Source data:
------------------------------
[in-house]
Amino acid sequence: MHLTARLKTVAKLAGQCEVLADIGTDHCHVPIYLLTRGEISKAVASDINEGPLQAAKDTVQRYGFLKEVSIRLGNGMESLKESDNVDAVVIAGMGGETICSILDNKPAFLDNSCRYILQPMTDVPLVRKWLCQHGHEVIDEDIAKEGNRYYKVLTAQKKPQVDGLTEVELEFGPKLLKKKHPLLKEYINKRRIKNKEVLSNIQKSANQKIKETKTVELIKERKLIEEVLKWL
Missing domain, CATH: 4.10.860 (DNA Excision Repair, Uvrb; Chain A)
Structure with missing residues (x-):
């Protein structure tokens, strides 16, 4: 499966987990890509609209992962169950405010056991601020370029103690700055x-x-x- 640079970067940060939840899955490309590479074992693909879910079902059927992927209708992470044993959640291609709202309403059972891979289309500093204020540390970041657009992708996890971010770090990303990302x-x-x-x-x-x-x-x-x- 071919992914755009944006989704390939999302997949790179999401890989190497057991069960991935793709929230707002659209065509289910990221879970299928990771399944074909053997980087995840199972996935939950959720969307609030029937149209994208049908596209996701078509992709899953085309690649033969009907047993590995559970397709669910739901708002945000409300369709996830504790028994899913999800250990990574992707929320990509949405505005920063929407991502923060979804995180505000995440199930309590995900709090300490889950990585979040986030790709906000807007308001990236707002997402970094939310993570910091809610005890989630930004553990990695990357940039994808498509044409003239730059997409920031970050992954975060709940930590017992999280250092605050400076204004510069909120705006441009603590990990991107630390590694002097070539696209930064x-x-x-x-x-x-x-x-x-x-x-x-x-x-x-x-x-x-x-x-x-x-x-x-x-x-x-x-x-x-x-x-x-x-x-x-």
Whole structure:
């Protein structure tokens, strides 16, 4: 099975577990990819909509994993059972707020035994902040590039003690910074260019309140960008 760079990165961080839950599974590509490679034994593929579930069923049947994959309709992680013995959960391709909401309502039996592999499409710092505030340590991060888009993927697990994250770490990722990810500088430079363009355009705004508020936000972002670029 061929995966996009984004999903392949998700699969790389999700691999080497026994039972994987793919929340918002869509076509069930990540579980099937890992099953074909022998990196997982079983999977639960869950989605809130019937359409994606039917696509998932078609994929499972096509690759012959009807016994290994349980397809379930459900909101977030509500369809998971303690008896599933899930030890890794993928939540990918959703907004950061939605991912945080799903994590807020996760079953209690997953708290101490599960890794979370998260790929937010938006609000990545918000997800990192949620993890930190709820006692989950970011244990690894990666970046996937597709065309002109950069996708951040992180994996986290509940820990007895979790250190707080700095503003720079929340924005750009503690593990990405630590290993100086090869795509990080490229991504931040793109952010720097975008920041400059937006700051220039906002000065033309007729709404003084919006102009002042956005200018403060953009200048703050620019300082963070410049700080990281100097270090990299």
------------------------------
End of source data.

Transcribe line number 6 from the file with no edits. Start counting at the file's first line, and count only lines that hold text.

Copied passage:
Whole structure: